But just as important as pharmacological treatments are the other therapies that must be applied to these patients (physiotherapy, speech therapy or psychotherapy). These treatments, “misnamed complementary, are essential for the comprehensive approach to the disease,” stresses the expert. Do patients respond equally? As each affected person presents certain symptoms and a specific progression, the response to the medication is also variable, as well as the day to day of the patients.

According to Cabrera, “the daily life of people with Parkinson’s is very irregular and depends a lot on the level of development or the years they have been living with the disease.” Broadly speaking, “it is characterized by on-off periods, that is, the times when we are active and with fewer symptoms due to the effect of the medication and the times when the effects decrease and the symptoms reappear” .

This means that “there are times of the day when we find it really difficult to carry out some routine tasks, such as brushing our teeth, cooking or dressing.” These off moments “also affect all areas of our lives, since they create obstacles in communication with our environment.” Hence the importance of taking the medication daily and of personalizing the doses and guidelines in each patient.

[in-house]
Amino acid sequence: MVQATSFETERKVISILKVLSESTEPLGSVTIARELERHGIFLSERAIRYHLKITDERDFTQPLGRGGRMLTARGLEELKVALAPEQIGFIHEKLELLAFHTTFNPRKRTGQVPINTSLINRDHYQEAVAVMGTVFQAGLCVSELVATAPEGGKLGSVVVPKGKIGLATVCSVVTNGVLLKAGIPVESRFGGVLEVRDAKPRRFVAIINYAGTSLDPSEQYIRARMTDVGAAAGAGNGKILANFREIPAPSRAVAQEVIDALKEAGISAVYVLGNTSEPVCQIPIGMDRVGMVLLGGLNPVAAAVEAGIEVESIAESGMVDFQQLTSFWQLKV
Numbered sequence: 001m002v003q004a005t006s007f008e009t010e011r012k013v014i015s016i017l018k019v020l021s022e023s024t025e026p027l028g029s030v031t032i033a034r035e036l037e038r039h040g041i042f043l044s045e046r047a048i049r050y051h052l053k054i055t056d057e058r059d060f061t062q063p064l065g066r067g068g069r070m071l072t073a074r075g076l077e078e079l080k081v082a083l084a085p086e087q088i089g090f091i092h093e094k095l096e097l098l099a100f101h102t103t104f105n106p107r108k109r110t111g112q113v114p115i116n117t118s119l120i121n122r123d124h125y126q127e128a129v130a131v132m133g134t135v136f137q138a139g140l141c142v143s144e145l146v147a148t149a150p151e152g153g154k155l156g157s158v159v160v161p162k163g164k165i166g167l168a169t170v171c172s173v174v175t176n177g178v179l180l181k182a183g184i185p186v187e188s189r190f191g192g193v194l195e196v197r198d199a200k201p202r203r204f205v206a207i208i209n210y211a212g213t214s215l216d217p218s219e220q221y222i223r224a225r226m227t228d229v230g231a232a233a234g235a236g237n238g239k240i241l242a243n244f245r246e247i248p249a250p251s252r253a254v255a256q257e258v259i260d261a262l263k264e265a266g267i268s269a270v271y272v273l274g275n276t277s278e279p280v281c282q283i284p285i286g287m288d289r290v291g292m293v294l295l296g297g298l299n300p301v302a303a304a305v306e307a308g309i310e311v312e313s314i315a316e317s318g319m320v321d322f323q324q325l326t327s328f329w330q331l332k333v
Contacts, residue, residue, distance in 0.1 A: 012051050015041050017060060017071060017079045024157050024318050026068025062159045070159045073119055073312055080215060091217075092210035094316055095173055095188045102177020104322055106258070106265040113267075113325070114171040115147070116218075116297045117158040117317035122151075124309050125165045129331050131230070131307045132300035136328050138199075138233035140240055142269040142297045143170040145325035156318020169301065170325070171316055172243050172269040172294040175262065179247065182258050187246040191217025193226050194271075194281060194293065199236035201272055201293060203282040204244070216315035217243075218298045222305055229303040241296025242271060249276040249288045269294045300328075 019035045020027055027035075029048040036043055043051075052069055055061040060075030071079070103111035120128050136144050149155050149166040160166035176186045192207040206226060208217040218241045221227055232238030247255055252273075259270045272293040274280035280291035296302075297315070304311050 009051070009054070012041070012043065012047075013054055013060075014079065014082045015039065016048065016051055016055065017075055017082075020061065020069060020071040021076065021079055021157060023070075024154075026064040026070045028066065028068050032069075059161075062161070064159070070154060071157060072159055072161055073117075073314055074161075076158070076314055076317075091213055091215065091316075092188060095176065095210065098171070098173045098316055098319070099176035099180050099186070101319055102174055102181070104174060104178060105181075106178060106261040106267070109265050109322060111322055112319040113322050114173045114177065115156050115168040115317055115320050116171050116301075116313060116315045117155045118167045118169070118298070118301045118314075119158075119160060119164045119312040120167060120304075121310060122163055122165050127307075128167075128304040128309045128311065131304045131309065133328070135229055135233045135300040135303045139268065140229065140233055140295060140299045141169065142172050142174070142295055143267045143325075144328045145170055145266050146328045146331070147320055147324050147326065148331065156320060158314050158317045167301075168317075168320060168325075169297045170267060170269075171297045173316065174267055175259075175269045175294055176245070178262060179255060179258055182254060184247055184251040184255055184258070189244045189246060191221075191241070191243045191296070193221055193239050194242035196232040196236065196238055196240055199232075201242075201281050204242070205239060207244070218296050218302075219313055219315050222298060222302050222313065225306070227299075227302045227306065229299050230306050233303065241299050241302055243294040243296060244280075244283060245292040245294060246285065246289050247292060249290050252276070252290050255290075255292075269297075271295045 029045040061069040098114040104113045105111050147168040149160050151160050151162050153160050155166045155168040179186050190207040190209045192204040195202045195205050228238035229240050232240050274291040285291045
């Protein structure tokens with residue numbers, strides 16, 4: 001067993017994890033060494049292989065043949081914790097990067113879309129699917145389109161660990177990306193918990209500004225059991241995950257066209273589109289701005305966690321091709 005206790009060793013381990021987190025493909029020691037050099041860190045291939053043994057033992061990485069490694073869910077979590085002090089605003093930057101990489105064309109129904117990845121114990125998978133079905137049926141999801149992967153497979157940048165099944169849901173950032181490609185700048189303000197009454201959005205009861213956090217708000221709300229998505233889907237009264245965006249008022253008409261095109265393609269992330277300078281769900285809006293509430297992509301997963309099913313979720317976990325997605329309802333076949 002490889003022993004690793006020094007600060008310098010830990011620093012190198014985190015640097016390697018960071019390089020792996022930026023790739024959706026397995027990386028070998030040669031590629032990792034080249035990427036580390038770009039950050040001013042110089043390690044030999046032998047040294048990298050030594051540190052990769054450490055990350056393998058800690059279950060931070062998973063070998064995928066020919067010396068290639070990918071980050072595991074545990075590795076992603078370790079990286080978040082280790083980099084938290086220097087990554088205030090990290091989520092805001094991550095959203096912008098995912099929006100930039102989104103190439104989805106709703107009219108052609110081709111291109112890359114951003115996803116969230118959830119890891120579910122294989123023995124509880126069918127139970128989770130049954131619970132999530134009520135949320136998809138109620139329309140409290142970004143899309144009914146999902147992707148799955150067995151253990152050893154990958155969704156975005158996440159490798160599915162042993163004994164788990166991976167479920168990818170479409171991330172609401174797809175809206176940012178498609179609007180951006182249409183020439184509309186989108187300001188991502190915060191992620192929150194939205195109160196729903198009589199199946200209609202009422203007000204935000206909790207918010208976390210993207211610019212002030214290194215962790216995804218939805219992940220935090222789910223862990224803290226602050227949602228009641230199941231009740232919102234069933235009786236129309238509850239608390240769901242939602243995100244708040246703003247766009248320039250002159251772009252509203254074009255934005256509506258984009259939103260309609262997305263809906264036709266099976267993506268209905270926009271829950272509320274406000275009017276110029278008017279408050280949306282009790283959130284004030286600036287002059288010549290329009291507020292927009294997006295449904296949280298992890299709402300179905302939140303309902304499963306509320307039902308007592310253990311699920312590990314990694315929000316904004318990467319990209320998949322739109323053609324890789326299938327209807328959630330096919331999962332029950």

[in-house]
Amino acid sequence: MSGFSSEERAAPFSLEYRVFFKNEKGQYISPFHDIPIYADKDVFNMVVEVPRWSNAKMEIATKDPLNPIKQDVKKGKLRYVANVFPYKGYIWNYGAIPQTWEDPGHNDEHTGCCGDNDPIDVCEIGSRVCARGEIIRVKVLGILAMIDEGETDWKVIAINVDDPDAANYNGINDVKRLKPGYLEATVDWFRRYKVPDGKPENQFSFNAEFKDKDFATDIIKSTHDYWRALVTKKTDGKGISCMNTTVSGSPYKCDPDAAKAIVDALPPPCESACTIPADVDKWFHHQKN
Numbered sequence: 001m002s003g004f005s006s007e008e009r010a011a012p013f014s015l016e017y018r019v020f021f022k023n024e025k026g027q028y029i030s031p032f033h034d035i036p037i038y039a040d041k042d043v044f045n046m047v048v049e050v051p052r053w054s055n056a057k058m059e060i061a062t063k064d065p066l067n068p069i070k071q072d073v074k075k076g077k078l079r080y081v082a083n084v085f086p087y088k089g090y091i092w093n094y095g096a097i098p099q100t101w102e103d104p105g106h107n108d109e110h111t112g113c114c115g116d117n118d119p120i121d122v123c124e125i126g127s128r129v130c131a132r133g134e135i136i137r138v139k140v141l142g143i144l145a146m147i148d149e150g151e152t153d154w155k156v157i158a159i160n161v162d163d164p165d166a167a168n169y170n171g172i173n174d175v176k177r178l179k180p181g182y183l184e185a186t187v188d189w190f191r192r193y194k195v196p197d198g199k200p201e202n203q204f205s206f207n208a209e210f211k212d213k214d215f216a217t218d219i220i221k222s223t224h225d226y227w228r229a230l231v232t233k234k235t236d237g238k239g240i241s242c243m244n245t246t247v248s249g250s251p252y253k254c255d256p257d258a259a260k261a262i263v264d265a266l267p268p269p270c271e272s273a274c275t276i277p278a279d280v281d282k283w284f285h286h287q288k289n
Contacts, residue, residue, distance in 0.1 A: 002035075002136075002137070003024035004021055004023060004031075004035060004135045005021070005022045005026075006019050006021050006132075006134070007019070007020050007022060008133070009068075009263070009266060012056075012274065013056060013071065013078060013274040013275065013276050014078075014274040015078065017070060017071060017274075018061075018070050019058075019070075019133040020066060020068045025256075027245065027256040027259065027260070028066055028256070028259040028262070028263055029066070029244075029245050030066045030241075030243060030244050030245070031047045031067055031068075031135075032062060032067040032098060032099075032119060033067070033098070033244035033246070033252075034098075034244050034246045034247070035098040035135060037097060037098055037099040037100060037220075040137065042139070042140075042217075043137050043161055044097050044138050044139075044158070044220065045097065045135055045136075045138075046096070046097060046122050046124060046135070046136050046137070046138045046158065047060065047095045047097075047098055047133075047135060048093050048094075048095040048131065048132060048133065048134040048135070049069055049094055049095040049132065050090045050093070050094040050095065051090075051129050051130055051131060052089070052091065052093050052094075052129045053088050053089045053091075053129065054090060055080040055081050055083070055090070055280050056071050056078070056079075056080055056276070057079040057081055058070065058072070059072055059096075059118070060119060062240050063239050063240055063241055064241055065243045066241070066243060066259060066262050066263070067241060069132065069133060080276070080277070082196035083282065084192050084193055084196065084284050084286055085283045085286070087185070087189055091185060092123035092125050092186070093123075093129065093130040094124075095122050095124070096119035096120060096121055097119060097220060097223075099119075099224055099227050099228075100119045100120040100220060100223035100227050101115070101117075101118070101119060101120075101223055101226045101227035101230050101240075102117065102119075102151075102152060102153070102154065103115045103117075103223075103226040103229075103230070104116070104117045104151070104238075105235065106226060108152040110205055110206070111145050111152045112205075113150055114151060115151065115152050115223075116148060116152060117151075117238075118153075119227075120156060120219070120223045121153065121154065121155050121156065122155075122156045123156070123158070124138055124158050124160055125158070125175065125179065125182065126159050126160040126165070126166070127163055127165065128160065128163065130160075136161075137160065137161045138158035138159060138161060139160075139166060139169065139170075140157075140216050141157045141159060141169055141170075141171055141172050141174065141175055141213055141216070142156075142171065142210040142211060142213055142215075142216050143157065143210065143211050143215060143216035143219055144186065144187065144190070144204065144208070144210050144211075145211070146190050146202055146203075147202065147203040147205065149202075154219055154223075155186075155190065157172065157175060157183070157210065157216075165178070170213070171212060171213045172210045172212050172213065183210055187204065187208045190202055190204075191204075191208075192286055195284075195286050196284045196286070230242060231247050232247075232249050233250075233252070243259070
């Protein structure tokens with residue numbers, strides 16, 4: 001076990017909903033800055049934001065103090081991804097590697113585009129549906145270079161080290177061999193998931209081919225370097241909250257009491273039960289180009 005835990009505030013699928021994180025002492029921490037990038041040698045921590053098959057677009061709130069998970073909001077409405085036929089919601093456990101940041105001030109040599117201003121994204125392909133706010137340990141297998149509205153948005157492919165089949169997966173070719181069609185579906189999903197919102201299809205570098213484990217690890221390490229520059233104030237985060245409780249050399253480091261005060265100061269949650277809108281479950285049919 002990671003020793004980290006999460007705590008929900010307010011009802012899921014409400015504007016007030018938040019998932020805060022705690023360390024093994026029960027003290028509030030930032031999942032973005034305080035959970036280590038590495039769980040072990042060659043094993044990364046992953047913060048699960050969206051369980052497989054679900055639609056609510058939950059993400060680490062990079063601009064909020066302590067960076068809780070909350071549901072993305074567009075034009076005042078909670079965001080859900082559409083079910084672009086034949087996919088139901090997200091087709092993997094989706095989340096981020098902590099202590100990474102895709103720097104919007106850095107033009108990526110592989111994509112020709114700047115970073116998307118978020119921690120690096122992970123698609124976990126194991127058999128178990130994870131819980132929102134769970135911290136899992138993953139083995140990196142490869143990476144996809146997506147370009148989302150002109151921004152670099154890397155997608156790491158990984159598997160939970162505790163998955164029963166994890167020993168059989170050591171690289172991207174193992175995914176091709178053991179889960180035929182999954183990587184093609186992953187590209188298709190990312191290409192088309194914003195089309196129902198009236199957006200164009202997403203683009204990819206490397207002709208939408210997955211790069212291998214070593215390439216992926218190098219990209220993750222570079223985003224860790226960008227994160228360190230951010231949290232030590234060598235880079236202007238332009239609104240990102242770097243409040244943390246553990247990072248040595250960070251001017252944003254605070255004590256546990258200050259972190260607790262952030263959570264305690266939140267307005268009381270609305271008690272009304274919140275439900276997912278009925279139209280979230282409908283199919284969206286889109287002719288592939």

And it is along this line that progress is being made. As the neurologist explains, “Another great conceptual change that has occurred in recent years is that thanks to advances in omic technologies, we live in the era of 5P medicine: Predictive, Preventive, Personalized, Accurate, and Participatory.”

For this reason, the main current therapeutic objectives in Parkinson’s disease are “to identify the preclinical phase with a high degree of certainty to propose therapies directed at the biology of the degenerative process (neuroprotection) and to personalize pharmacological therapies and to be precise in surgical ones. (functional and regenerative) to gain efficacy and safety ”.

In a few years, the expert confides, “a genomic analysis will be carried out that will guide the choice of the most convenient drug for each affected person.” Meanwhile, “we will continue to elaborate the therapeutic plan based on other parameters, such as the age of onset, the quality and intensity of the symptoms and the effect on the quality of life.”

Other tips to improve the quality of life of these patients would be to “take care of the brain while maintaining physical, intellectual and social activity, follow a Mediterranean diet, avoid toxic habits, sleep a regular number of hours and control blood pressure, diabetes and cholesterol ”, he concludes.